Miami Law Student Publishes in Journal of Human Rights Practices

The article deals with how the weakening of environmental protections can jeopardize the rights of citizens.
Miami Law Student Publishes in Journal of Human Rights Practices
Lorena Cristina Zenteno Villa

Lorena Cristina Zenteno Villa, a Doctor of Juridical Science student, recently published an article in the Journal of Human Rights Practices, addressing how South American nations’ attempts to diminish climate change have infringed on human rights and urged governments to think differently.

Villa’s article, “Exploring Institutional Barriers to Effective Human Rights-Based Climate Litigation in Latin American Courts—Lessons from Chile and Ecuador,” explores how Chile and Ecuador’s constitutionalizing environmental protections jeopardize their citizens’ rights.

“Research has established a clear link between climate change and the infringement of human rights, with particularly dire consequences for the survival of our planet,” Villa said, a native of Chile. “It is imperative that states recalibrate their laws and policies to integrate climate change into consideration and protect human rights.”

Villa specializes in environmental law to find effective litigation that ensures ecological protection at no expense to human rights. Her past studies at the University of Davis, California, and University Pompeu Fabra, in Barcelona, Spain have increased her understanding of environmental governance.

As a law clerk for Chile’s Constitutional Chamber of the Supreme Court, Villa drafted judgments for cases involving environmental issues. She promoted discussion on climate change and human rights interplay within the National Association of the Chilean Judiciary’s Environment and Human Rights Commission.

Her tenure as the former United Nations Special Rapporteur on Cultural Rights’ senior researcher led her to become the Global Initiative for Economic, Social and Cultural Rights’ senior research fellow.

Villa then sought an institution to put her passion into purpose. She realized Miami Law’s Doctor of Juridical Science was a perfect fit.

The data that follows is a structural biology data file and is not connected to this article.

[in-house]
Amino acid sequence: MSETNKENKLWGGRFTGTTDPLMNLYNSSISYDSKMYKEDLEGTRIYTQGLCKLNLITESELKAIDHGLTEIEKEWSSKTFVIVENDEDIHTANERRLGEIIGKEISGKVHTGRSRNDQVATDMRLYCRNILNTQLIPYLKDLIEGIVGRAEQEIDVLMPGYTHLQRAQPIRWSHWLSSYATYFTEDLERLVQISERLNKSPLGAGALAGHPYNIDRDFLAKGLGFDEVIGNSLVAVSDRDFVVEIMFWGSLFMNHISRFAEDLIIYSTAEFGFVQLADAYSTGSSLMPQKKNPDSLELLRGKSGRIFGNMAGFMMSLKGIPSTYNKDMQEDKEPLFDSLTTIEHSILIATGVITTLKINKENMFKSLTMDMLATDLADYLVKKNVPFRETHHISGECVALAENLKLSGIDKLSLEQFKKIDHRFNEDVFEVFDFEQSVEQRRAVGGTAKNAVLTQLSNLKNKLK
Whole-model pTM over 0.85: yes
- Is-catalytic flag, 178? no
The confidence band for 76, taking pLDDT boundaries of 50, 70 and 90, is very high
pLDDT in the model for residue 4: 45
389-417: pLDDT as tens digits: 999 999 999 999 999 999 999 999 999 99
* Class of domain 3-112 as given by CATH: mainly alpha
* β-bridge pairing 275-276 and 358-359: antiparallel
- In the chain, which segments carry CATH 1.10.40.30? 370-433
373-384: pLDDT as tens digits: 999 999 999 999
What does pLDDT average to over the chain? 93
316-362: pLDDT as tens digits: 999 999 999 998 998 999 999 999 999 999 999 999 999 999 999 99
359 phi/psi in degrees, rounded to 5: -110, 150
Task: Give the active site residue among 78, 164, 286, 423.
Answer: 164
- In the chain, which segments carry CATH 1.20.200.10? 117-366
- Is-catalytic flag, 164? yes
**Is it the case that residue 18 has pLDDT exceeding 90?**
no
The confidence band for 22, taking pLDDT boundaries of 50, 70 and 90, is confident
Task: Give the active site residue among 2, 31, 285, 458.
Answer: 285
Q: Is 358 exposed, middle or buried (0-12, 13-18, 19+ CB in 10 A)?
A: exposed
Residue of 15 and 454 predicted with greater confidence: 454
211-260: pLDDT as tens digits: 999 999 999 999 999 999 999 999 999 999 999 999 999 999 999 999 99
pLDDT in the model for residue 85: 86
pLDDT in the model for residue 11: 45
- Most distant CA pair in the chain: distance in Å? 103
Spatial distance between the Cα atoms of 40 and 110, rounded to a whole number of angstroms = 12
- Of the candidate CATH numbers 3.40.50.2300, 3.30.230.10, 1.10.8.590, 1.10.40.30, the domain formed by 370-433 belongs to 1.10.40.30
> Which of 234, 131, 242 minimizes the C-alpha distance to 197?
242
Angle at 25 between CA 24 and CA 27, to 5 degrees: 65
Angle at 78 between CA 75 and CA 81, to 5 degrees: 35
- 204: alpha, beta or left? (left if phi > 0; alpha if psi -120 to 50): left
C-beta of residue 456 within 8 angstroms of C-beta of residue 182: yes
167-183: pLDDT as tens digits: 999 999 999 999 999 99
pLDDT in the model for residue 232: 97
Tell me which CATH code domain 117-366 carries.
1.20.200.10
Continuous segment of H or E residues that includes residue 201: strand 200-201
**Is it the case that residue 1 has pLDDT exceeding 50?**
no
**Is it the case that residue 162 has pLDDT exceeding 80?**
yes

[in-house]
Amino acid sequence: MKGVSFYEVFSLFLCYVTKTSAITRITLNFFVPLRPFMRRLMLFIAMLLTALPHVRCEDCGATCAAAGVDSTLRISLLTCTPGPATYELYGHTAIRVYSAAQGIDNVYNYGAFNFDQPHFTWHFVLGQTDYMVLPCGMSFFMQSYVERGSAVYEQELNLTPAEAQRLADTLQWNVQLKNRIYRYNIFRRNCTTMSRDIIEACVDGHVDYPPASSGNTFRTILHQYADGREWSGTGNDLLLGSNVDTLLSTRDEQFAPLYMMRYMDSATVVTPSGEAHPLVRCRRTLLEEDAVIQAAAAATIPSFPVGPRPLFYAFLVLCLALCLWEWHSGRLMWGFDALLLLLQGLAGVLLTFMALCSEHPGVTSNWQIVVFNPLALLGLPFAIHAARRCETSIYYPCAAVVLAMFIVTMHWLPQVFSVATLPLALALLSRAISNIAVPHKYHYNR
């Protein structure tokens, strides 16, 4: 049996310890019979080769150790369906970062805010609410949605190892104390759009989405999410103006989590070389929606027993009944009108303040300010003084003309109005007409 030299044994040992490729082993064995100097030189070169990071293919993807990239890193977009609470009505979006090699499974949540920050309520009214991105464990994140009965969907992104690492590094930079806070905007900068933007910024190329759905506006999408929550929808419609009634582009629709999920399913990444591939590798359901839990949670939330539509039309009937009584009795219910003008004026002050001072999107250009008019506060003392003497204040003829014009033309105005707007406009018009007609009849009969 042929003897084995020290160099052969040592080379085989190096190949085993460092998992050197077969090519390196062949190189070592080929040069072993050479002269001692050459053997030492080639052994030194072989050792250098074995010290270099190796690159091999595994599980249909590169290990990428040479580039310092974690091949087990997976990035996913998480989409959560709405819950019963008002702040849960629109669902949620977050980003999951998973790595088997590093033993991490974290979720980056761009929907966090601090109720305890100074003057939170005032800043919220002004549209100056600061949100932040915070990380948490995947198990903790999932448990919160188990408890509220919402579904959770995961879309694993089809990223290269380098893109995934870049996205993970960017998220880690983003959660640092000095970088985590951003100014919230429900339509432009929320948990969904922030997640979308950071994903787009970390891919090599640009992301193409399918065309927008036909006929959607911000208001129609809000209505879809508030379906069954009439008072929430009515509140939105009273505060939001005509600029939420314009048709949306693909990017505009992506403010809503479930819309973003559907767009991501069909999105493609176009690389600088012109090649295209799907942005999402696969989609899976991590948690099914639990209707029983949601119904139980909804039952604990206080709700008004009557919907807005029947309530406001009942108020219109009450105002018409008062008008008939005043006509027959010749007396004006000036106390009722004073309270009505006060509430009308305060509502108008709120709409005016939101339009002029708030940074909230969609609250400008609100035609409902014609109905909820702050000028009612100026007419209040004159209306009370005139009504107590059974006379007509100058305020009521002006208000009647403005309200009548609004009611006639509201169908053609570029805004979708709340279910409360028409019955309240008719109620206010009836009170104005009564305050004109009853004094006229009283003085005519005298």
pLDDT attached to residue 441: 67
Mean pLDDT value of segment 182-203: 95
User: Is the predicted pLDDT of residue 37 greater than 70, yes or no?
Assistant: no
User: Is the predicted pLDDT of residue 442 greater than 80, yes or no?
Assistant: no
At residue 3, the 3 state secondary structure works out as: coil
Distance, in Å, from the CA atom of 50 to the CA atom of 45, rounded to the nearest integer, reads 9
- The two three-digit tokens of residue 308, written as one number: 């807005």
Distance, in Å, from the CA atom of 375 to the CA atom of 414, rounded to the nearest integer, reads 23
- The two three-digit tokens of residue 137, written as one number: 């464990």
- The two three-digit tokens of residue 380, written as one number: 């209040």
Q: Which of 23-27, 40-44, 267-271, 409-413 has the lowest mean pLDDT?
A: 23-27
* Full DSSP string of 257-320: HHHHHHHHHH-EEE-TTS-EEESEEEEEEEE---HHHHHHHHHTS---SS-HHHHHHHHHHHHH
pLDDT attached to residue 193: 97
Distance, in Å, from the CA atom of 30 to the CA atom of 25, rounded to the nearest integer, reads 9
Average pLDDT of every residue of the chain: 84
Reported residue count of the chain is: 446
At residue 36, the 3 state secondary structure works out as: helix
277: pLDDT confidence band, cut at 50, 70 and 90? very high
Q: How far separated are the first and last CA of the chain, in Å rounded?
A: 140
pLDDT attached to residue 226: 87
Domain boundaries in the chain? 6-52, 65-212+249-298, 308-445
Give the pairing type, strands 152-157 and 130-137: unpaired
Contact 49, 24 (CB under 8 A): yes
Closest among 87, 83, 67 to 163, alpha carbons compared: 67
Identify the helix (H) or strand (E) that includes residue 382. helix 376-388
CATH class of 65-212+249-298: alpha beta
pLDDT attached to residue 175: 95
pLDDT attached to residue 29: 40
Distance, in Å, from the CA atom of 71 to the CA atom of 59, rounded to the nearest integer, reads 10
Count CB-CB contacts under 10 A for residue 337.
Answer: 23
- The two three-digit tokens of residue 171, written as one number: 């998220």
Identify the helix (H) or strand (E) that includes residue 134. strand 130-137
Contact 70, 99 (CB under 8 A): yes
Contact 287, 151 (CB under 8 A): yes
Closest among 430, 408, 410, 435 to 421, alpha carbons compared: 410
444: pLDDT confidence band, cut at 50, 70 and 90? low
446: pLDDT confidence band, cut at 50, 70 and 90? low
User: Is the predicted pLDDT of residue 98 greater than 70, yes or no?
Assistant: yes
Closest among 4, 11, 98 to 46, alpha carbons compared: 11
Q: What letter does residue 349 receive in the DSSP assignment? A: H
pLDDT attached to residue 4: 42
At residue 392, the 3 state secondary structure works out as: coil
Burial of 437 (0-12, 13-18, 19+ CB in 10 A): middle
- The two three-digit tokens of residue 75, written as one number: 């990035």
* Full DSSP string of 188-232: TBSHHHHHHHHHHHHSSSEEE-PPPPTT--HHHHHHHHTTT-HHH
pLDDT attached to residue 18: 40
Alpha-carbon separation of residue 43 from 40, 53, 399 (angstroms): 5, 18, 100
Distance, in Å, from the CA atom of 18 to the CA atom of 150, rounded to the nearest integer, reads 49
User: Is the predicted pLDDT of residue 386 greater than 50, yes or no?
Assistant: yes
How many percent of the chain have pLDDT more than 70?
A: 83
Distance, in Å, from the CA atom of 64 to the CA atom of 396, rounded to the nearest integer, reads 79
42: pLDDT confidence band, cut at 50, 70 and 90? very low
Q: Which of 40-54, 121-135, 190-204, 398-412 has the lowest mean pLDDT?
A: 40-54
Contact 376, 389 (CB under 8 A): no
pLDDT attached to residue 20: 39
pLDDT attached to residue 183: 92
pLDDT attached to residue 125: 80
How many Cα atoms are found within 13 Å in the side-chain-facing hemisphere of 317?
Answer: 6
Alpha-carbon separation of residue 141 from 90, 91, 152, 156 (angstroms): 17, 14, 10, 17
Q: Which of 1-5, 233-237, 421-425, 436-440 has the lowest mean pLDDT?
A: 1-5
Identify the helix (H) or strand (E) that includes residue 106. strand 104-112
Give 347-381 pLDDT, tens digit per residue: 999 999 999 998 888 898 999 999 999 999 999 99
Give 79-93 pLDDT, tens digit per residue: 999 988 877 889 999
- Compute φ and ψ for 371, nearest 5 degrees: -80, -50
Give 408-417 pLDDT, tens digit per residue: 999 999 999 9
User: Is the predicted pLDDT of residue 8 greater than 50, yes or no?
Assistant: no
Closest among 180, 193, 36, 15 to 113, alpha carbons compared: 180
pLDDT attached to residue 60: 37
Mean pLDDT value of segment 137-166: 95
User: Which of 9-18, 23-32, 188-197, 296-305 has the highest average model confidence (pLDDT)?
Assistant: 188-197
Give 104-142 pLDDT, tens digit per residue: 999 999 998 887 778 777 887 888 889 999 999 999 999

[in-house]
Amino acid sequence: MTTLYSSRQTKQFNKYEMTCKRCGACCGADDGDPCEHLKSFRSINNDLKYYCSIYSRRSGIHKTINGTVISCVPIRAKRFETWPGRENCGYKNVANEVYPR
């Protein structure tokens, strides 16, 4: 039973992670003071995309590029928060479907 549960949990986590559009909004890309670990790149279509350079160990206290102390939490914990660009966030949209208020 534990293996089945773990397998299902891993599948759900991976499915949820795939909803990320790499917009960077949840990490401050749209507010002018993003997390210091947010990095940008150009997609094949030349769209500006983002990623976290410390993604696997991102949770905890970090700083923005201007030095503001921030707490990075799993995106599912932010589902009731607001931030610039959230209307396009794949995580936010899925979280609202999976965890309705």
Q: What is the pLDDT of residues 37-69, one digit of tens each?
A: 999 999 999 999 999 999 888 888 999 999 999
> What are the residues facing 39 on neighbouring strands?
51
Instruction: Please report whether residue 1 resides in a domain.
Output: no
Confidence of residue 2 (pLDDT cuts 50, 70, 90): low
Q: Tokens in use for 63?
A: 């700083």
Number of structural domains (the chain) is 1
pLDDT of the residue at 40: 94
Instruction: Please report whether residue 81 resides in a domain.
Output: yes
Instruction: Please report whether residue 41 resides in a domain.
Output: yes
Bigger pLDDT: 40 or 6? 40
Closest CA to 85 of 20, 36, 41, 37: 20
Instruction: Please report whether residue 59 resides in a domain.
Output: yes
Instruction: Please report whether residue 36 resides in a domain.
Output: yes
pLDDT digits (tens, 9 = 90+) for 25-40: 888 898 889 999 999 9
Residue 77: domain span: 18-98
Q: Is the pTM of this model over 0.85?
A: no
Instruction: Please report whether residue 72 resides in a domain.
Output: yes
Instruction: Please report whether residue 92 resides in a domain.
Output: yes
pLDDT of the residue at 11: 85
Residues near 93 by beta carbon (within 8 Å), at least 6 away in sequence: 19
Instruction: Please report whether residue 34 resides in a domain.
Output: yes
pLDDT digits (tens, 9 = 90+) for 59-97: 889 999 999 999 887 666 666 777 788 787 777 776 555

“This confluence of a supportive, culturally diverse academic setting and a shared passion for environmental advocacy ensures that my research is grounded in a setting that values and understands the implications of climate policy across borders,” Villa said.

The Doctor of Juridical Science (S.J.D.) program is an advanced research degree program designed for aspiring legal academics, members of the judiciary, and public policymakers. The mission of the S.J.D. program is to produce graduates who are prepared to become leaders in international academic, judicial, and public service communities.

Her legal experience culminated in writing her journal article. Working with Professor Jessica Owley, Villa crafted the article, and was able to publish it in the prestigious journal.

She sees her publication as cementing her dedication to human rights and environmental law and symbolic of her mastery of legal discourse in her non-native language.

“With the backdrop of extreme droughts, wildfires, and hurricanes, courts in [South American] countries have stepped forward, playing a crucial role by issuing decisions aimed at protecting human rights amid the climate emergency,” Villa said. “It is precisely in these critical times that such scholarly contributions are most needed.”

After her time at the University of Miami, Villa hopes to practice strategic litigation in Latin America while training judges on the impact of climate change on human rights.

Her efforts work to bring discussion about climate change to the legal forefront and remind governments the power to protect human rights and preserve the environment is in their hands. 

Read more about the SJD Program.